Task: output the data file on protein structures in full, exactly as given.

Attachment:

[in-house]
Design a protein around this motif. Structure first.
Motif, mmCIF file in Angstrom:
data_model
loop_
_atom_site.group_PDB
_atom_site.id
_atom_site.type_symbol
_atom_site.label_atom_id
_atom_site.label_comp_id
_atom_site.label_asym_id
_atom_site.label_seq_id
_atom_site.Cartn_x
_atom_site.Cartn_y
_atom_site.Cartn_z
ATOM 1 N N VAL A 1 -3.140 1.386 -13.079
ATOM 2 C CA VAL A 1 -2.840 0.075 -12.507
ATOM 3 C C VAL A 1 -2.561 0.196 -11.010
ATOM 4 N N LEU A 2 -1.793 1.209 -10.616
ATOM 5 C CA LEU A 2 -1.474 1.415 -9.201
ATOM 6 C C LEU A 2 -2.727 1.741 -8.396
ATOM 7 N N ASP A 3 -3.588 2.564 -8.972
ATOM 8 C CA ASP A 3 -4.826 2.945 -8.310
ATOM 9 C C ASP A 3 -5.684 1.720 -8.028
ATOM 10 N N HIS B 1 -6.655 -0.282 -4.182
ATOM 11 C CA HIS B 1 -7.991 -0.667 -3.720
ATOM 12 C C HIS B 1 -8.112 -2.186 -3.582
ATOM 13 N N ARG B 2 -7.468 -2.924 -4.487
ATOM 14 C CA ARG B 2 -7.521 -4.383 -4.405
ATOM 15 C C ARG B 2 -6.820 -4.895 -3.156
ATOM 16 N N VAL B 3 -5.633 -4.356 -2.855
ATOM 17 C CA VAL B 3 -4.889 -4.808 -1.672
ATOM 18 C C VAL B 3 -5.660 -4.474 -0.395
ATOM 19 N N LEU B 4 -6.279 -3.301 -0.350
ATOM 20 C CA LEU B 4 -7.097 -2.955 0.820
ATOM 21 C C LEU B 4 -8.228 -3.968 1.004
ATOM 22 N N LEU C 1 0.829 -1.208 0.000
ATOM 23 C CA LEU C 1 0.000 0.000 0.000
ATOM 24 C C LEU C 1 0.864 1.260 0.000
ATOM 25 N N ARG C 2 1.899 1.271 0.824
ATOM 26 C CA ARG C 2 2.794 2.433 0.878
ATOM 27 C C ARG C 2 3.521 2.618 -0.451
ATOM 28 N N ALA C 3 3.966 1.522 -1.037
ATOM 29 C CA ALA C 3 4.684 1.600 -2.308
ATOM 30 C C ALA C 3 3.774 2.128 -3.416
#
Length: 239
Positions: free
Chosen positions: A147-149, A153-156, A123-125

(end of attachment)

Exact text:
[in-house]
Design a protein around this motif. Structure first.
Motif, mmCIF file in Angstrom:
data_model
loop_
_atom_site.group_PDB
_atom_site.id
_atom_site.type_symbol
_atom_site.label_atom_id
_atom_site.label_comp_id
_atom_site.label_asym_id
_atom_site.label_seq_id
_atom_site.Cartn_x
_atom_site.Cartn_y
_atom_site.Cartn_z
ATOM 1 N N VAL A 1 -3.140 1.386 -13.079
ATOM 2 C CA VAL A 1 -2.840 0.075 -12.507
ATOM 3 C C VAL A 1 -2.561 0.196 -11.010
ATOM 4 N N LEU A 2 -1.793 1.209 -10.616
ATOM 5 C CA LEU A 2 -1.474 1.415 -9.201
ATOM 6 C C LEU A 2 -2.727 1.741 -8.396
ATOM 7 N N ASP A 3 -3.588 2.564 -8.972
ATOM 8 C CA ASP A 3 -4.826 2.945 -8.310
ATOM 9 C C ASP A 3 -5.684 1.720 -8.028
ATOM 10 N N HIS B 1 -6.655 -0.282 -4.182
ATOM 11 C CA HIS B 1 -7.991 -0.667 -3.720
ATOM 12 C C HIS B 1 -8.112 -2.186 -3.582
ATOM 13 N N ARG B 2 -7.468 -2.924 -4.487
ATOM 14 C CA ARG B 2 -7.521 -4.383 -4.405
ATOM 15 C C ARG B 2 -6.820 -4.895 -3.156
ATOM 16 N N VAL B 3 -5.633 -4.356 -2.855
ATOM 17 C CA VAL B 3 -4.889 -4.808 -1.672
ATOM 18 C C VAL B 3 -5.660 -4.474 -0.395
ATOM 19 N N LEU B 4 -6.279 -3.301 -0.350
ATOM 20 C CA LEU B 4 -7.097 -2.955 0.820
ATOM 21 C C LEU B 4 -8.228 -3.968 1.004
ATOM 22 N N LEU C 1 0.829 -1.208 0.000
ATOM 23 C CA LEU C 1 0.000 0.000 0.000
ATOM 24 C C LEU C 1 0.864 1.260 0.000
ATOM 25 N N ARG C 2 1.899 1.271 0.824
ATOM 26 C CA ARG C 2 2.794 2.433 0.878
ATOM 27 C C ARG C 2 3.521 2.618 -0.451
ATOM 28 N N ALA C 3 3.966 1.522 -1.037
ATOM 29 C CA ALA C 3 4.684 1.600 -2.308
ATOM 30 C C ALA C 3 3.774 2.128 -3.416
#
Length: 239
Positions: free
Chosen positions: A147-149, A153-156, A123-125